Growing up African, few things were certain. These things were so certain, the entirety of Africans could pass for one big multicultural and slightly dysfunctional family. For one, we were all products of a patriarchal system; one that almost ensured a complete semblance in the structure of every home. Another rather common occurrence, was the mellifluous tales of intelligence, conquest, and victory that our parents never hesitated to tell us about. Proud raconteurs; they spared no details as they recounted how they were always first in class, teachers’ pets, and how they gave meaning to the phrase “burning the midnight oil”.
At every family discussion that placed me and my siblings at the receiving end of this recurring ‘folklore’, I would replace the expected albatross of thoughts with an almost frozen pall. This was partly because I saw them for what they really were – beautifully garnished bed of lies, told to create just the right amount of push to success that their kids needed. I could not blame them really. However, it was mainly because I knew, at the time, that I was never going to meet up with those hell deep expectations. It saddened me that I was not going to have genuine tales of victory to shove down the brains of the next generation of me’s to come, but worse off, the fear of this being my own reality burdened me.
Failure was a term that was not uncommon to me. I had seen it one too many times and I could smell it from test scores and office calls away. Strangely, it was not always like this – at least that is what I was told. I was smart; so smart that I cried at every ‘99 out of 100’ report card I had. Again, as I was told. It was either that my kindergarten through nursery and early primary school report cards were forged for my perusal, or I was truly an Einstein. One thing was certain though – those were all in the past life. The new me was as dumb as a rock. Although I really did not feel dumb, the red buzzer of failure rang too many times. Mockery did not sting so bad with time, and I was finally accepting that brain fluid was not shared equally amongst us all.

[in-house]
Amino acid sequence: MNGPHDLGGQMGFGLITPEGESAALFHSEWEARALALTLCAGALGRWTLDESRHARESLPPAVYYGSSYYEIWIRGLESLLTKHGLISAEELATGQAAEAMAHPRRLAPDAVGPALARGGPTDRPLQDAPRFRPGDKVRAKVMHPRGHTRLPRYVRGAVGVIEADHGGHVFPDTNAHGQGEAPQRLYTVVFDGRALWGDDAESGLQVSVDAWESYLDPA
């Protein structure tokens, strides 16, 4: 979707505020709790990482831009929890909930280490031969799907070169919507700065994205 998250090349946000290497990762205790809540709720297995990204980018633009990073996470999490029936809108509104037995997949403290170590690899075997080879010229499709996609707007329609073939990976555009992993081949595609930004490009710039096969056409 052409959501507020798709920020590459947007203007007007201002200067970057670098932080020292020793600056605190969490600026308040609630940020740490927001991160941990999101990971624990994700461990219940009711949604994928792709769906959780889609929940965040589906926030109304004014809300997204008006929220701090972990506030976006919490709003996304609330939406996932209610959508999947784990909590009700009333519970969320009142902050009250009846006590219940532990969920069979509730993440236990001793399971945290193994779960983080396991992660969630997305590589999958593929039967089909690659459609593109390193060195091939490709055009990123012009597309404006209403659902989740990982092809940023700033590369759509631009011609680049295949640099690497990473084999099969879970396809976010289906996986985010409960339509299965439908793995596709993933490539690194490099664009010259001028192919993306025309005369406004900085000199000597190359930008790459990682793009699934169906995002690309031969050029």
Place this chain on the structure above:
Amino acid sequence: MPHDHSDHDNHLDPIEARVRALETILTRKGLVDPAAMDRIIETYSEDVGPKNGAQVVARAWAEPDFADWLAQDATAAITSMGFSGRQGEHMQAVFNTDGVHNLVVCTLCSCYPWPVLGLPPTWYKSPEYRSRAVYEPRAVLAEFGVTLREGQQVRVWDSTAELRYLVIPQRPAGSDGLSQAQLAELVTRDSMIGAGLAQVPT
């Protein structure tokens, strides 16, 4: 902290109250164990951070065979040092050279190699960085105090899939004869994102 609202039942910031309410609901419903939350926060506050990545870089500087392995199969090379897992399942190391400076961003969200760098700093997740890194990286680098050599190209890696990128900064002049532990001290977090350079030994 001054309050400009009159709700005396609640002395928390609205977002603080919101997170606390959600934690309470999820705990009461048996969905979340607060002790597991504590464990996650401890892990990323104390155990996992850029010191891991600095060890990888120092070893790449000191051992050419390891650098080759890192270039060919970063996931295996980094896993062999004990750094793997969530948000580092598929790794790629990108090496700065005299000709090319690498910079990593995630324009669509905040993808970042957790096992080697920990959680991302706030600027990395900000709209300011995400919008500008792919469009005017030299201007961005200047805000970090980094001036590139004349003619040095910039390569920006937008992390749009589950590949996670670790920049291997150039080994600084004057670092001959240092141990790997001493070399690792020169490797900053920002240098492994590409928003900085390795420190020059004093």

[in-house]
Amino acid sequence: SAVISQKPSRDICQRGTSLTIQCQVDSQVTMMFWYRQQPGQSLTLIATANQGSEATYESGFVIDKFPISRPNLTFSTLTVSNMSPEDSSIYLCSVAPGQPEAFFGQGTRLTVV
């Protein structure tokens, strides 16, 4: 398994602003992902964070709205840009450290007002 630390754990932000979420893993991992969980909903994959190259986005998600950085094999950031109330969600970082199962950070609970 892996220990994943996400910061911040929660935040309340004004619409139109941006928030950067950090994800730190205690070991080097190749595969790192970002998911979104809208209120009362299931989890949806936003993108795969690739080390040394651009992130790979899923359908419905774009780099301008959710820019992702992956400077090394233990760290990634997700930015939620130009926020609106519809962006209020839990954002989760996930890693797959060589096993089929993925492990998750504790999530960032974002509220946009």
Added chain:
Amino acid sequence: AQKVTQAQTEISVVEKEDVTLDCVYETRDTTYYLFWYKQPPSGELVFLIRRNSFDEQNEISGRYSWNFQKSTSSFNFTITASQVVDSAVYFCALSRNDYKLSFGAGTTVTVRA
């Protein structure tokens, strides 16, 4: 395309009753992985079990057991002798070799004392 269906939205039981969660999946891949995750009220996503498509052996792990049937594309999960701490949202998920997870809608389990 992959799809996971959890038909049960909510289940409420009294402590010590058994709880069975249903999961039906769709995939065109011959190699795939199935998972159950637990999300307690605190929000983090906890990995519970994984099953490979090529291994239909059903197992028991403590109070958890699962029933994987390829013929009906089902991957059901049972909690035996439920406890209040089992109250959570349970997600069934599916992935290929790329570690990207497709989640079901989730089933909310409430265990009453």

My early teenage years moved me from 7th position, to 15th position, to numbers that were so oddly or evenly relegated to the background. I was not so bad, you know. I never came last, not even second to the last. However, I was becoming as obscure as my skin colour. The dumb girls were pretty at least – so pretty, they got all the hot guys. At least they were winning at something. The sad part of being an all-round failure was not just that I had to choose friends who were just like me or slightly better, but that even my diary was getting depressed. A life with fate on the opposing side was not living and God had refused to heed to my cries and make me just a little bit more pretty, with less overlapping teeth, and with breasts that were just one or two cups bigger.
Believe it or not, change comes when we least expect. On one very random day, I had my minimal makeup on in my painfully choking boarding school prep class. As I walked into the class, one compliment came – “you look good today”. Unusual, but, who knows. Another came. “You are so beautiful!” Before I could understand if it was my birthday or if Christmas came soon, the compliments I had gotten between my 3pm prep class and 9pm curfew had hit two digits and counting. I remember that day and a few of my friends would too – I could not shut up about it. God works wonders, but, a few visits to the dentist, padded bras, and a growing smile almost finalised that turnaround in about a minute.
The success I needed had to come from within, you see. Even though it took a day of random compliments to remind me of the star I was, I found it. When I found it, I did not lose it for even a day. With every smile, came a new win and with every win, came a self-confidence that surpassed all the doubts I had in me. The great part about winning was that it came with an almost cocky believe that I could do even better. With every 4 point grade point average, came a realization that I was truly a first class human. Finally, with every certificate of success and plaque of commendation, I became the person I wanted the world to see me as. I was a winner even though I was too blind to see it. While I do not remember the young lad who said the first compliment that brightened up my mood that hot afternoon, I do remember the one that constantly fuels the drive to the top every single day. I am my own motivator and I create my own success stories.
This entry was submitted as part of the Nigerian Voices competition organized by YNaija.com.
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